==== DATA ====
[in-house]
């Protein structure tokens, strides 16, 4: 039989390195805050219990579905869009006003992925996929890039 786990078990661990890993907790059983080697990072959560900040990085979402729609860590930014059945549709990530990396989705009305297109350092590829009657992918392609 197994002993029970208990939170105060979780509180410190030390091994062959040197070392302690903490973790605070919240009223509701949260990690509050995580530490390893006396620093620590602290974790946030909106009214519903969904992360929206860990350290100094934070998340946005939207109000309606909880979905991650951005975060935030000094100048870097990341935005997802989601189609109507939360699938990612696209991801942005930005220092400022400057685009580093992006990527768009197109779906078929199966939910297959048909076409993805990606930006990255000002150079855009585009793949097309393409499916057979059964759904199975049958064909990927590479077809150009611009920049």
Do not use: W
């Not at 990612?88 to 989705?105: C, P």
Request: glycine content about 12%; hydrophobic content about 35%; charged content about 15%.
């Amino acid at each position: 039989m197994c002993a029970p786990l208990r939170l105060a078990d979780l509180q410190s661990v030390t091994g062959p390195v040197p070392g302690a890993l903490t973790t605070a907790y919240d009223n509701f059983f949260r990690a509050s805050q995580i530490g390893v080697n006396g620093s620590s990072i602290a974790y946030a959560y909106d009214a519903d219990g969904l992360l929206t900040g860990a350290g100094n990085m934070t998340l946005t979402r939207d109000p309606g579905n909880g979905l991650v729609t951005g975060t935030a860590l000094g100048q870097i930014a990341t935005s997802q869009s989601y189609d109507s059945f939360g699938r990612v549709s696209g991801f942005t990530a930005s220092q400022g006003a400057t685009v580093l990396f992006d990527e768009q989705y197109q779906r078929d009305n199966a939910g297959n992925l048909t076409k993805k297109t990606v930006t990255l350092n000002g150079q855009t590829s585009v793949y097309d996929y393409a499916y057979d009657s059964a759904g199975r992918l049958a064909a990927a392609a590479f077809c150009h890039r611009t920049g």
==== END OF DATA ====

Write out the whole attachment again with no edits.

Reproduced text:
[in-house]
């Protein structure tokens, strides 16, 4: 039989390195805050219990579905869009006003992925996929890039 786990078990661990890993907790059983080697990072959560900040990085979402729609860590930014059945549709990530990396989705009305297109350092590829009657992918392609 197994002993029970208990939170105060979780509180410190030390091994062959040197070392302690903490973790605070919240009223509701949260990690509050995580530490390893006396620093620590602290974790946030909106009214519903969904992360929206860990350290100094934070998340946005939207109000309606909880979905991650951005975060935030000094100048870097990341935005997802989601189609109507939360699938990612696209991801942005930005220092400022400057685009580093992006990527768009197109779906078929199966939910297959048909076409993805990606930006990255000002150079855009585009793949097309393409499916057979059964759904199975049958064909990927590479077809150009611009920049």
Do not use: W
């Not at 990612?88 to 989705?105: C, P």
Request: glycine content about 12%; hydrophobic content about 35%; charged content about 15%.
């Amino acid at each position: 039989m197994c002993a029970p786990l208990r939170l105060a078990d979780l509180q410190s661990v030390t091994g062959p390195v040197p070392g302690a890993l903490t973790t605070a907790y919240d009223n509701f059983f949260r990690a509050s805050q995580i530490g390893v080697n006396g620093s620590s990072i602290a974790y946030a959560y909106d009214a519903d219990g969904l992360l929206t900040g860990a350290g100094n990085m934070t998340l946005t979402r939207d109000p309606g579905n909880g979905l991650v729609t951005g975060t935030a860590l000094g100048q870097i930014a990341t935005s997802q869009s989601y189609d109507s059945f939360g699938r990612v549709s696209g991801f942005t990530a930005s220092q400022g006003a400057t685009v580093l990396f992006d990527e768009q989705y197109q779906r078929d009305n199966a939910g297959n992925l048909t076409k993805k297109t990606v930006t990255l350092n000002g150079q855009t590829s585009v793949y097309d996929y393409a499916y057979d009657s059964a759904g199975r992918l049958a064909a990927a392609a590479f077809c150009h890039r611009t920049g």